Governors, in other words, tell their National Guards what to do; Ms. Bowser makes requests and hopes for the best. Sometimes the results fall short. During the Floyd protests, for example, D.C. leaders were dismayed that on one night, some D.C. National Guard soldiers didn’t appear at key patrol stations and others arrived late, according to a District official. During a big 2016 snowstorm, when the District asked the Guard to help move vulnerable citizens around town, the soldiers came to the job without shovels. D.C. officials scrambled to provide them. In both cases, the Guard corrected its mistakes, said the official, who also credited the organization with first-rate assistance during the coronavirus pandemic. (A D.C. National Guard spokesperson said the organization has a “great and long-standing relationship with the District of Columbia government” that includes consultation after deployments.)
Tensions and miscues between large organizations are, of course, inevitable. What’s anomalous about this relationship is that Ms. Bowser, who has governor-level responsibilities for the safety and welfare of D.C. residents, has no authority over an institution central to providing both. (The District contributes nearly $6 million to the D.C. National Guard’s annual operating budget.) Last summer, Ms. Bowser requested D.C. National Guard assistance in accommodating migrants arriving on buses from Texas and Arizona. The Pentagon denied the request on the grounds that the operation would “negatively impact the readiness of the DCNG and have negative effects on the organization and members.”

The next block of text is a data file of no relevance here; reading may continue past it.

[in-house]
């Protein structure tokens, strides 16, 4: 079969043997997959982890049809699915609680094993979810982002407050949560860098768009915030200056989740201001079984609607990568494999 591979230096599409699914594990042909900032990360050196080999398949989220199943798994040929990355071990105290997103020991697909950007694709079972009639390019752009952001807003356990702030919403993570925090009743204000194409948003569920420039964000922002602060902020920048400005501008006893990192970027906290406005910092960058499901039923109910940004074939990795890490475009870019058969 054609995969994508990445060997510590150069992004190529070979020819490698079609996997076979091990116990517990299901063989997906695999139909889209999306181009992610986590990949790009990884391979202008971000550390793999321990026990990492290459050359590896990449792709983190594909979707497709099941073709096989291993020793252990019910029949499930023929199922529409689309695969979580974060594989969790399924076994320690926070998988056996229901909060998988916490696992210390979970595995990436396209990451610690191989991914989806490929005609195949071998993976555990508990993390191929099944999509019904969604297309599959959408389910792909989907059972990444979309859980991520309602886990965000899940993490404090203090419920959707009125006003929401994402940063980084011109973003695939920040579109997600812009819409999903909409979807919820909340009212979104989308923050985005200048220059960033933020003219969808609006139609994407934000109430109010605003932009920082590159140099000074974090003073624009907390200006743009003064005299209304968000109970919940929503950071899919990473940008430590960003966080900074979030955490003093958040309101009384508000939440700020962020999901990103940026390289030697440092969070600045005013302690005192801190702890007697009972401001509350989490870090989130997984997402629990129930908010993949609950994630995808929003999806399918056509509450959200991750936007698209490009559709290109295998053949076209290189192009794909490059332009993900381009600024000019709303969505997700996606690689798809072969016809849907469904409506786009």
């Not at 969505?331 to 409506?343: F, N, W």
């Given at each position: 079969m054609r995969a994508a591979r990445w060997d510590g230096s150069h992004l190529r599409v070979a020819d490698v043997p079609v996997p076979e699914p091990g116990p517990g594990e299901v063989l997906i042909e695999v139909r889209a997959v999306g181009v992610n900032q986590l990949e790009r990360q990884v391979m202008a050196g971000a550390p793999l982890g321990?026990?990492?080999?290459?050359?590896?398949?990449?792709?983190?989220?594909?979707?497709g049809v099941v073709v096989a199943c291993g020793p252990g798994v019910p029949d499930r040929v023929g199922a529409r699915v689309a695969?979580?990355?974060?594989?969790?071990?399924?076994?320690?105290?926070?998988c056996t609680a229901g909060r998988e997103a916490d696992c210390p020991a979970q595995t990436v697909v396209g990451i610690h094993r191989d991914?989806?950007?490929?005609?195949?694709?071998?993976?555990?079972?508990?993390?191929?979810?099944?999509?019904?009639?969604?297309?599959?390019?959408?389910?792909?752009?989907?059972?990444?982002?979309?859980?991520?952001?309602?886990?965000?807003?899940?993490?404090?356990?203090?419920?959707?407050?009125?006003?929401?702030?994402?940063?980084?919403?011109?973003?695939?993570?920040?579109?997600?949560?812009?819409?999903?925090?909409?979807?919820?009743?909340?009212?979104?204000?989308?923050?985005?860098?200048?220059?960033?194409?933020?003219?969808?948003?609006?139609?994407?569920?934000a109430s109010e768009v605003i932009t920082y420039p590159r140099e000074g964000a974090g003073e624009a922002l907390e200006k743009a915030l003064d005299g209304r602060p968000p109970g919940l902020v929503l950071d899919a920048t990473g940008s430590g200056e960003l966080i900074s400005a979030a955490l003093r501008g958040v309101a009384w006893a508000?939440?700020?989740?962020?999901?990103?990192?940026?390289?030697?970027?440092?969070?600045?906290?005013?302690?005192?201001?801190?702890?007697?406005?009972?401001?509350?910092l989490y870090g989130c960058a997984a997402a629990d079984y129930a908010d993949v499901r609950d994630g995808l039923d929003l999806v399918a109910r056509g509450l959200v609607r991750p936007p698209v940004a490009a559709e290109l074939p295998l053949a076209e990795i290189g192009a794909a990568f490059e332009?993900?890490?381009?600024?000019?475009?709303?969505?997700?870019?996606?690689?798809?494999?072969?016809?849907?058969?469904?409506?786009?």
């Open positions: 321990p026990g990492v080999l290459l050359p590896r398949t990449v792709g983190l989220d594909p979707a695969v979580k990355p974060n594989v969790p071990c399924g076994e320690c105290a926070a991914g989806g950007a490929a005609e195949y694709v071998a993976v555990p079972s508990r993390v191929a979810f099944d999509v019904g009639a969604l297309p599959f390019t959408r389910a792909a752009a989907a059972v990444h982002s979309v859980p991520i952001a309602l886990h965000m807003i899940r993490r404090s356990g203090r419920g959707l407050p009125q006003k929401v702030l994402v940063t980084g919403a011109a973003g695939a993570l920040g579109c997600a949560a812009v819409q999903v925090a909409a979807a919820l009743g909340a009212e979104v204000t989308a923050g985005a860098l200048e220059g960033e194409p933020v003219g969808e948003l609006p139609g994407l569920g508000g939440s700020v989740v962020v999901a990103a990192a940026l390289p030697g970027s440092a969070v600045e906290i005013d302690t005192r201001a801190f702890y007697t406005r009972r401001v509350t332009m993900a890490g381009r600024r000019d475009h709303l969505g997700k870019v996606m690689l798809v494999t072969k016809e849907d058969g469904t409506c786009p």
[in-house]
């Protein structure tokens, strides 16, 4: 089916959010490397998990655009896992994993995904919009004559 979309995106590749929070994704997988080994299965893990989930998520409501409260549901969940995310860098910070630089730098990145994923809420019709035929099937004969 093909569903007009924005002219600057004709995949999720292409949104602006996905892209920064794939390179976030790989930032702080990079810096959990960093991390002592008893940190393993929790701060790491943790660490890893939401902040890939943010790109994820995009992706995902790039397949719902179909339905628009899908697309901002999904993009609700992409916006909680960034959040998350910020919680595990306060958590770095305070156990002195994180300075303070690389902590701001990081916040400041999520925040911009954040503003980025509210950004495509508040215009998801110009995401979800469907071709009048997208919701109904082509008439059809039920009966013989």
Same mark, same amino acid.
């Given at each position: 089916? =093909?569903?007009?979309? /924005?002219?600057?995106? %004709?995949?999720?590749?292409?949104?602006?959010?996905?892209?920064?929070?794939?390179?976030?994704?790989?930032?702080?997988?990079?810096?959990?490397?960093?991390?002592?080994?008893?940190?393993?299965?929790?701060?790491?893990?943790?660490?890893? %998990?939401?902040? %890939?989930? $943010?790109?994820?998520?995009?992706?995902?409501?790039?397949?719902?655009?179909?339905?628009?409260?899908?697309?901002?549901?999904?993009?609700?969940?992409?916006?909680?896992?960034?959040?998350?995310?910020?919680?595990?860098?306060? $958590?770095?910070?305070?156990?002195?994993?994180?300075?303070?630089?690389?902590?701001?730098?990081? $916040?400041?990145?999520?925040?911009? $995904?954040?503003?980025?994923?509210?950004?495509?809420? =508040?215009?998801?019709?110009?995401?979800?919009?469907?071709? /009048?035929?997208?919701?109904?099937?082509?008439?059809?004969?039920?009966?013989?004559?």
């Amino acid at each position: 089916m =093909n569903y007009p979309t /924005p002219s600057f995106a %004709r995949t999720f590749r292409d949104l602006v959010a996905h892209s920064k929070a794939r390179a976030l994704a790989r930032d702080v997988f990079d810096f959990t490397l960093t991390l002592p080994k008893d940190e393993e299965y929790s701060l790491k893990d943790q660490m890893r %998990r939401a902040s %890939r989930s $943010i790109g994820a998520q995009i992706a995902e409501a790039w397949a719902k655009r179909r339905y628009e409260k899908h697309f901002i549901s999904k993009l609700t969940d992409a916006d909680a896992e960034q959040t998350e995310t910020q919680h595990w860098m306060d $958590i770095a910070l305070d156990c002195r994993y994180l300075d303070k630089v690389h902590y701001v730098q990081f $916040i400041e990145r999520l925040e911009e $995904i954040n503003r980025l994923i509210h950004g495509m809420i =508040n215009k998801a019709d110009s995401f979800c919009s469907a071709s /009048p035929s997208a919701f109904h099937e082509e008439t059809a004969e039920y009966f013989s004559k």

Texas Gov. Greg Abbott (R) was not required to pass a Pentagon “negative effects” test when he recently called out his National Guard to block the crossing of migrants into Texas.
By virtue of its extensive presence in D.C., the federal government has a robust interest in a strong D.C. National Guard. Yet even in a scenario in which the D.C. mayor were granted deployment authority, the president would also still have the ability to mobilize the Guard for whatever emergencies may arise, as is currently the practice in the states.
Empowering the D.C. mayor, accordingly, isn’t some zero-sum scheme to demote federal prerogatives. It’s an acknowledgment that a territory of nearly 700,000 people occasionally has needs best served by the National Guard. Without a helping of red tape.